This passion for music and its almost magical power is shared by Chen Liang, also a cellist. “I’m not a professional musician”, he told us, “but I love music. I used to feel that music is like a cosmic spirit when listening to live music in concert. All my senses were stimulated and my rational and logical thinking suspended, so when I was listening to the New World Symphony of Dovrak, I moved me to tears and when I listened to The Four Seasons of Vivaldi, I burst out into laughter. Every time I see musicians playing on stage, I see how their movements are fused together with the music and how the music flows out of their bodies.

This deep correspondence of movement and music is especially important for the conductor, as John explains. It is through the conductor’s movements and gestures that the music really comes alive. While every musician has to concentrate on their part and only sees their notes, the conductor has to coordinate the over-all expression. His focus is on the entire composition. In order to elicit this from the orchestra in all its colorful details and nuances, he transposes the emotions and dynamics to the respective players by means of his movements and gestures – a task that requires great skill.

Double bass player and vice manager of the Tokyo branch of the orchestra, Ms Gukou, coordinates the Japanese members of the group. She came to Dalian in 2003 and has since then contributed a lot to the communication between China’s and Japan's music. She explained how the orchestra was set up in 1995 by a Shenyang-born Japanese business man and music-lover.

Since then it has gathered more than a hundred members from many different countries. From Japan alone, there are forty to fifty musicians who come to Dalian every year for the main performances. All of the members are gifted musicians with great skills and a fantastic team spirit. As it is an entirely voluntary and unpaid position to be part of the orchestra, it is not money that enables it to continue and flourish, but everybody’s love for music and their caring for the group. Unsurprisingly, many deep and lasting friendships have been forged between the members, bridging different nationalities and ages.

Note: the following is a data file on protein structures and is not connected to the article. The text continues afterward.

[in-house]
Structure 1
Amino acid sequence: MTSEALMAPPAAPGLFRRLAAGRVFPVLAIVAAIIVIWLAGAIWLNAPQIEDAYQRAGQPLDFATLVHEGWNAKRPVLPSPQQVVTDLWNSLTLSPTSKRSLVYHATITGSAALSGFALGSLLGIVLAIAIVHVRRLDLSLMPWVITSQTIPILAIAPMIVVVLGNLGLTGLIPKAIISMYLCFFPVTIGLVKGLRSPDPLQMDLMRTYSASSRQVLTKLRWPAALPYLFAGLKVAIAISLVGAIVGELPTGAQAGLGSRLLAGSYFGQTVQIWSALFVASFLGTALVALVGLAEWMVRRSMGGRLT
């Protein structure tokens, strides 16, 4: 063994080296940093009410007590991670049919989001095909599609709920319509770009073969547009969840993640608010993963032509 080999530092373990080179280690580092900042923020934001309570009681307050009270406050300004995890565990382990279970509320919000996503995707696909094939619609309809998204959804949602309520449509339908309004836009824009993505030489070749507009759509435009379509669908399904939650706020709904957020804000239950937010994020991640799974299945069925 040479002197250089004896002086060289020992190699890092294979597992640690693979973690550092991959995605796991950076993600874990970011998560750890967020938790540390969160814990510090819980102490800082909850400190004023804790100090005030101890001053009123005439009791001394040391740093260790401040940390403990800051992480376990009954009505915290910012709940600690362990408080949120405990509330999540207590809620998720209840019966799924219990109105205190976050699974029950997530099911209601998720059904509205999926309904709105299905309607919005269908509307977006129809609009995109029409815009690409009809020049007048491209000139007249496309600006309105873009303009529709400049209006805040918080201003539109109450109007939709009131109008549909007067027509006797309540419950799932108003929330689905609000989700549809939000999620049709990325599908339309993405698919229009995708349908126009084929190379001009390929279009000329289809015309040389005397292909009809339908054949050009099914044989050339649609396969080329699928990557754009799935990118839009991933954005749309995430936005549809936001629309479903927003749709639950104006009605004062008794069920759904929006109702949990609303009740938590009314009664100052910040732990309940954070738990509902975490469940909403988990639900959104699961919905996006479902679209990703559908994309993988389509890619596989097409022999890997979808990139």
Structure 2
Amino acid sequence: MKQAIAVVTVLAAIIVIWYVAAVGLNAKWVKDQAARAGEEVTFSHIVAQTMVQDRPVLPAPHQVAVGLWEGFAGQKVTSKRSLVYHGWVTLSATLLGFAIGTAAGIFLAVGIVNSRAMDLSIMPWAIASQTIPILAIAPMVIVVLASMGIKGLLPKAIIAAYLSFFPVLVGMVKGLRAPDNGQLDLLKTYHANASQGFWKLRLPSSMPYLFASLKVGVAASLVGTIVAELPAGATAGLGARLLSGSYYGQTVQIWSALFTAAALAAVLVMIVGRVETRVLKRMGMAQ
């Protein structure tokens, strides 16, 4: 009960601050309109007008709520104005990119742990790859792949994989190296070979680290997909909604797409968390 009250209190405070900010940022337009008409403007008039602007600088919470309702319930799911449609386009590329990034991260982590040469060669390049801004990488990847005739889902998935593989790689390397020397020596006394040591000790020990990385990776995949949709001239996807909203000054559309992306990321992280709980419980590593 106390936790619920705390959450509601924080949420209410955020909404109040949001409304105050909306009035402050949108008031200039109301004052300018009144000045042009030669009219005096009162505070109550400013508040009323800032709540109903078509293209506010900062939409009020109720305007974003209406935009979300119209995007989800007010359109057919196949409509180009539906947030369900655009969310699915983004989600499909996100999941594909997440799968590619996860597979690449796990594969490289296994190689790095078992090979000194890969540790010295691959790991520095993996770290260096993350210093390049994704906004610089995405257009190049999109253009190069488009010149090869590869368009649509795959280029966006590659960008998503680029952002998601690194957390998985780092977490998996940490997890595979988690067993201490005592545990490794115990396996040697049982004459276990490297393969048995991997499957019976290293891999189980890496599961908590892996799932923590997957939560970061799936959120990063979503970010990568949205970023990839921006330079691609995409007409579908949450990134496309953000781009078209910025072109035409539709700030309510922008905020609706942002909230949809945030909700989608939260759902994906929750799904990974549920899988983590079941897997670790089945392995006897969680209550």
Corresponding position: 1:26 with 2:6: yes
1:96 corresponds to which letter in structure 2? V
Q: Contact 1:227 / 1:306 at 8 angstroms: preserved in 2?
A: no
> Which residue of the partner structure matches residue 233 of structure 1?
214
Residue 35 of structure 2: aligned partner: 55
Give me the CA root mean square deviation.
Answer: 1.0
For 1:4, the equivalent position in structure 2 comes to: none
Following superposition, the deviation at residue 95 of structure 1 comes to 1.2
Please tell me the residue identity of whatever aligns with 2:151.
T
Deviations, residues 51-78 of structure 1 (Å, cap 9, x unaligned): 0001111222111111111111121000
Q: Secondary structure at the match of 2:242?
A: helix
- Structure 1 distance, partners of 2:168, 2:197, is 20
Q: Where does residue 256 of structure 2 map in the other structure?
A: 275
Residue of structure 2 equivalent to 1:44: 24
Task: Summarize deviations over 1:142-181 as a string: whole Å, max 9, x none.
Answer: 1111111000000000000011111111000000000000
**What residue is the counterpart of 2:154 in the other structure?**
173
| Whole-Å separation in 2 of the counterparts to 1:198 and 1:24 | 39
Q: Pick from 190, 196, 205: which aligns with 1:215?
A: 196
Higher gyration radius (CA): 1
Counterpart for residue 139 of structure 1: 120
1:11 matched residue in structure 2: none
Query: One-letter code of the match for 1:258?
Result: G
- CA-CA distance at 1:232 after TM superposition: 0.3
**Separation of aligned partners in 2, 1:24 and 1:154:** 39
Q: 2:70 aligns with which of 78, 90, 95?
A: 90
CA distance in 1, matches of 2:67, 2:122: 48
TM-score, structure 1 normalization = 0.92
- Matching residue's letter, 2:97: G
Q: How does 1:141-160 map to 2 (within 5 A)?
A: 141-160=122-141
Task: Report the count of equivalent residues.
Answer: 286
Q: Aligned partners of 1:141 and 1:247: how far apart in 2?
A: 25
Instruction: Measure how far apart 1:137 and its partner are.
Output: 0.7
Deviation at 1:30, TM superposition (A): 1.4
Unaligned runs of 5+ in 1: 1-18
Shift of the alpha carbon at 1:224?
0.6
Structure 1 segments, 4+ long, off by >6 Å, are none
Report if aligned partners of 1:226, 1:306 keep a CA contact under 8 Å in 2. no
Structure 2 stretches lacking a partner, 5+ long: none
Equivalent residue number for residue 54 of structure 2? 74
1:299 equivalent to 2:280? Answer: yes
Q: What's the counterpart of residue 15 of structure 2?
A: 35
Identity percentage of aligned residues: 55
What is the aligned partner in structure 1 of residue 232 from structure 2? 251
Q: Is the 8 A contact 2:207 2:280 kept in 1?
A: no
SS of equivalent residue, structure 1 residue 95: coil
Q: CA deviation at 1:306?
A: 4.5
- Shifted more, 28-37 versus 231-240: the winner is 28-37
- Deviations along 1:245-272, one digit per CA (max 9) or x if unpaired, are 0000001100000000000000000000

Music is not just entertainment. It has real power and the capacity for sustainable social transformation. As John puts it, “it is a universal language; it brings people together and it can connect them on a deep and spiritual level.”

Take for example the West-Eastern Divan, a Spain-based youth orchestra that was founded in 1999 by Edward Said and Daniel Barenboim. It consists of musicians from the Middle East and is a vehicle to facilitate a coming together of Israelis and Palestinians. According to Barenboim it was conceived as a project against ignorance and now serves as a platform where two sides can disagree while not resorting to violence.

Well, fortunately here in Dalian, there is no violence to address, and the only disagreement of the musicians might be which music is more fun to play: traditional classics like Bach or Vivaldi, modern classics such as Benjamin Britten, Chinese classics or something completely different - when we were leaving, the orchestra rehearsed the theme from Pirates of the Caribbean!

It is no wonder then that because of the diversity of musicians, the orchestra finds it easy to play for equally diverse audiences. They have played almost a hundred concerts and will certainly continue to play.

By the way, Mr Xin and all the others are always happy to see new faces. Wind players and percussionists are apparently amongst the hardest to find, but if you play any type of orchestral instrument and are looking for friends and an exciting challenge, pick a Monday evening and pay a visit to the fabulous Dalian International Music Club Orchestra.

For information and upcoming events please contact John Hunter at the Focus on Dalian office: 8252-0113.